R: It's exciting that Rod Rotondi of Leaf is packaging his raw food that's showing up at farmers' markets and health food stores. At this market he was offering dehydrated crackers in two flavors, spicy kale and flax. Market shoppers could also purchase Bombay Burrito Wraps, Bedouin Burritos, Fortuna Fantasy Wraps, Chickpea Hummos, and Falafel Croquettes. For dessert treats there were apple pie tortes, strawberry mousse, and carrot cake.

 Z: Although Café Nagomi was not totally vegan, they did offer many vegan choices. Nagomi operates out of a catering truck based in Van Nuys. Their motto is "Gourmet Natural Japanese Cooking" or what we would call macrobiotic. None of their dishes contain dairy products, eggs, refined sugar, or artificial colors, flavors, or preservatives. They avoid animal products except for fish. Nothing is microwaved.

Mar Vista Farmers' Market R: The items they serve include brown rice, grains, vegetables, tofu, sea vegetables, beans, and noodles. Their soy sauce is naturally brewed and the miso is made with organic soybeans, sea salt, and purified water. Purified water is used in everything they cook while their foods are seasoned with sun-dried sea salt.

Z: Our dilemma was choosing between them. I opted for the spicy dehydrated kale crackers from Leaf while Reuben suggested we share an Okra and Lentil Curry with two side dishes from Café Nagomi. The two side dishes we selected were Kinpira Gobo (sauteed gobo, lotus root, and carrot) and Nasu-Nibitashi (stewed Japanese eggplant).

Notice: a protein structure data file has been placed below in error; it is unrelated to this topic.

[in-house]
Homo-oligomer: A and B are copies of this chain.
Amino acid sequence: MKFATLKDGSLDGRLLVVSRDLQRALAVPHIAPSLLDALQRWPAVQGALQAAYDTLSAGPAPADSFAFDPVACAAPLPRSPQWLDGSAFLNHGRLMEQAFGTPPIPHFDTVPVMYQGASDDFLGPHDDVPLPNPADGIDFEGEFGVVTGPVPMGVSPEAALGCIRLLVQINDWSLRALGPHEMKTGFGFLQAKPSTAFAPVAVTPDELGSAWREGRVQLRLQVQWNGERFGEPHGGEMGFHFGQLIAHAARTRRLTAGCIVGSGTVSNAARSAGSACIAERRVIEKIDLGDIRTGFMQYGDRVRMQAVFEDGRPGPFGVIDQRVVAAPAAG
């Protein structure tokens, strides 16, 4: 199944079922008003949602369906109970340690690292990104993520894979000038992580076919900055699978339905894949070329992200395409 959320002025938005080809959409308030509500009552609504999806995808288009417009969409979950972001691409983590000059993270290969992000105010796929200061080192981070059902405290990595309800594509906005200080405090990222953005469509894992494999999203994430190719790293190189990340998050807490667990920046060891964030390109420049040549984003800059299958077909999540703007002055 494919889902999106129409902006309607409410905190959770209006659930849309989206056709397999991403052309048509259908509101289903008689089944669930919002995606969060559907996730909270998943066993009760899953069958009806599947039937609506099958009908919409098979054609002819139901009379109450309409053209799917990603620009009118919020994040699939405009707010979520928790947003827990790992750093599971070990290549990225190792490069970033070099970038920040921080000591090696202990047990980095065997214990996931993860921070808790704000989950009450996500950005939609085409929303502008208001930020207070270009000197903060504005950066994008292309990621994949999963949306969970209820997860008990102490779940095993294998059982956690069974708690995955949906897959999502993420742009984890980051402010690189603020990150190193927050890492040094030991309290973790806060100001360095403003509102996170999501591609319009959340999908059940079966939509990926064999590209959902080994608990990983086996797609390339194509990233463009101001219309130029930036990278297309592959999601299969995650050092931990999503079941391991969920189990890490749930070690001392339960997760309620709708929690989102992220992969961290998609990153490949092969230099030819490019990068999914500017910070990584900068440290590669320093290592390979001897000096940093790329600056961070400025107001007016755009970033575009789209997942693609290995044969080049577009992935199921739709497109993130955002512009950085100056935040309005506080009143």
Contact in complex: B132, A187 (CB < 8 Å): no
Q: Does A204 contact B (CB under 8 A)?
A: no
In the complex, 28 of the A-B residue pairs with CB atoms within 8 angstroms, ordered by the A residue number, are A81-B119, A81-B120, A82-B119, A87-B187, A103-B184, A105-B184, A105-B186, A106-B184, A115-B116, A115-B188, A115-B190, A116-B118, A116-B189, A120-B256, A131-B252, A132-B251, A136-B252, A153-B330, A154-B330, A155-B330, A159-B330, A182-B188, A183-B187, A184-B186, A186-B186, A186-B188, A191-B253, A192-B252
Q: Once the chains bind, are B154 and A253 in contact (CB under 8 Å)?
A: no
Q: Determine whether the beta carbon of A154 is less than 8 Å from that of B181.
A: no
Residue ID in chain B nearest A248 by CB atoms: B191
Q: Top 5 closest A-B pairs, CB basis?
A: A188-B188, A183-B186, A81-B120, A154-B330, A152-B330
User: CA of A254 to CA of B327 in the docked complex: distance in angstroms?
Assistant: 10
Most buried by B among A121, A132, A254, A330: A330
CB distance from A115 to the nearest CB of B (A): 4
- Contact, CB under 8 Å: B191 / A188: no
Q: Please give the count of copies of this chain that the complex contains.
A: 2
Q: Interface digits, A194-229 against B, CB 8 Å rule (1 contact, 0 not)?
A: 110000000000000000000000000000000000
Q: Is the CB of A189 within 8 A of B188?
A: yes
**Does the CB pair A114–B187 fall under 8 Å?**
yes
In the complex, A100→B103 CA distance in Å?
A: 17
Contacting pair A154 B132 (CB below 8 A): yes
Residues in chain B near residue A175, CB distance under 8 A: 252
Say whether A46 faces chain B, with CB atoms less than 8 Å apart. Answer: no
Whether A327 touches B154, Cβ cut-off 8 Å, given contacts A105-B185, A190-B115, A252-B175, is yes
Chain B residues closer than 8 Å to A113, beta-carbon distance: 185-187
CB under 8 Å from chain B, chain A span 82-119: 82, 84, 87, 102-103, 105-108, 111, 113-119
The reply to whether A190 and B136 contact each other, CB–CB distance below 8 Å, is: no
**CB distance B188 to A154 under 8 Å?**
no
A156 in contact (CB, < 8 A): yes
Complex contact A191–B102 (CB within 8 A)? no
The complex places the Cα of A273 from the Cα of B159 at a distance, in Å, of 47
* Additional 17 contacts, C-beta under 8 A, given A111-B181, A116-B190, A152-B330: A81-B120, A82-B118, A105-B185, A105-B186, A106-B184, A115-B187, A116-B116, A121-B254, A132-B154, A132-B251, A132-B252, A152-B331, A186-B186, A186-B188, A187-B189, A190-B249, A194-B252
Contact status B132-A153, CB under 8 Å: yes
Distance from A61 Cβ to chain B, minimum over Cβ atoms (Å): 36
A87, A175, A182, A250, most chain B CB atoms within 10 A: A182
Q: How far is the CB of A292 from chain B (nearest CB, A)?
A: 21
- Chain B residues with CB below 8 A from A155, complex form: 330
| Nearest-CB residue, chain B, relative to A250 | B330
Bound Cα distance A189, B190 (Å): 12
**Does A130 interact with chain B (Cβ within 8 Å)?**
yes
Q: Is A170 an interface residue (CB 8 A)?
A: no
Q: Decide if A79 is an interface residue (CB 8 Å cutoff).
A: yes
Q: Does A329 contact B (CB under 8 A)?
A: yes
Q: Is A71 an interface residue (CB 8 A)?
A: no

R: Our lunch came in a plastic bag with styrofoam containers, two soup spoons, and choptsticks. When we sat down on one of the picnic tables in the food area, I noticed we had no forks. All we had to do was ask. The delicious miso soup was a welcome start that offered us comforting warmth. Most of the meal came in a styrofoam carton arranged like a Japanese bento box. One section held the curry; another had the brown rice; each of the two sides had its own section. A small salad of baby lettuces came in a separate container.

Z: Needless to say, everything was delicious. If they had a restaurant in the San Fernando Valley, we would be there quite often. As we walked to our car carrying bags stuffed with our produce choices and the spicy kale crackers, Reuben said, "I feel positive the Mar Vista market is going to be very successful. I won't be surprised when they extend it another block along Grand View. It's obvious the community wants and supports this market."

Mar Vista Certified Farmers' Market
Grand View Blvd. Between Venice Blvd. and Pacific Avenue
Sundays 9:00 a.m. to 1:00 p.m.
Phone: 310-861-4444

Reviewed March 2007


Click here for past Farmers' Market Reviews